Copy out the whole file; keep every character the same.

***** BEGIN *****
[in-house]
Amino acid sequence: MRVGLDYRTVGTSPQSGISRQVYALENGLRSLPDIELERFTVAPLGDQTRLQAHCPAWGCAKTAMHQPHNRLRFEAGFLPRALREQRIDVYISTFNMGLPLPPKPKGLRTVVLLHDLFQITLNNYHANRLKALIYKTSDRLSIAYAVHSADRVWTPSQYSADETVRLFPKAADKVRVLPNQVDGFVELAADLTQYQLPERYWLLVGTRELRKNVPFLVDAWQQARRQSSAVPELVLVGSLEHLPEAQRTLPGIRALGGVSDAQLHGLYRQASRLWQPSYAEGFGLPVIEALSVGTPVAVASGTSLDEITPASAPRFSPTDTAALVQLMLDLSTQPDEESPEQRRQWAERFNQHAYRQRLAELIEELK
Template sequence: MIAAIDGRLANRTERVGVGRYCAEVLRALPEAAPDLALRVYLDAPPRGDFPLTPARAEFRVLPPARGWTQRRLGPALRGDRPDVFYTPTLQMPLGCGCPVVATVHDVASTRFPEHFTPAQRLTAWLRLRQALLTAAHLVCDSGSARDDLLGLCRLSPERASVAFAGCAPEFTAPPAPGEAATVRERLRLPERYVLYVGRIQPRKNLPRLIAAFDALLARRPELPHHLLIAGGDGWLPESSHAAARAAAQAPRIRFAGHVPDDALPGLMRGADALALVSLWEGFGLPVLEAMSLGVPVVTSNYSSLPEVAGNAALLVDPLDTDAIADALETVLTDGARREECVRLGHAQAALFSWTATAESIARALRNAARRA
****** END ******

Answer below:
[in-house]
Amino acid sequence: MRVGLDYRTVGTSPQSGISRQVYALENGLRSLPDIELERFTVAPLGDQTRLQAHCPAWGCAKTAMHQPHNRLRFEAGFLPRALREQRIDVYISTFNMGLPLPPKPKGLRTVVLLHDLFQITLNNYHANRLKALIYKTSDRLSIAYAVHSADRVWTPSQYSADETVRLFPKAADKVRVLPNQVDGFVELAADLTQYQLPERYWLLVGTRELRKNVPFLVDAWQQARRQSSAVPELVLVGSLEHLPEAQRTLPGIRALGGVSDAQLHGLYRQASRLWQPSYAEGFGLPVIEALSVGTPVAVASGTSLDEITPASAPRFSPTDTAALVQLMLDLSTQPDEESPEQRRQWAERFNQHAYRQRLAELIEELK
Template sequence: MIAAIDGRLANRTERVGVGRYCAEVLRALPEAAPDLALRVYLDAPPRGDFPLTPARAEFRVLPPARGWTQRRLGPALRGDRPDVFYTPTLQMPLGCGCPVVATVHDVASTRFPEHFTPAQRLTAWLRLRQALLTAAHLVCDSGSARDDLLGLCRLSPERASVAFAGCAPEFTAPPAPGEAATVRERLRLPERYVLYVGRIQPRKNLPRLIAAFDALLARRPELPHHLLIAGGDGWLPESSHAAARAAAQAPRIRFAGHVPDDALPGLMRGADALALVSLWEGFGLPVLEAMSLGVPVVTSNYSSLPEVAGNAALLVDPLDTDAIADALETVLTDGARREECVRLGHAQAALFSWTATAESIARALRNAARRA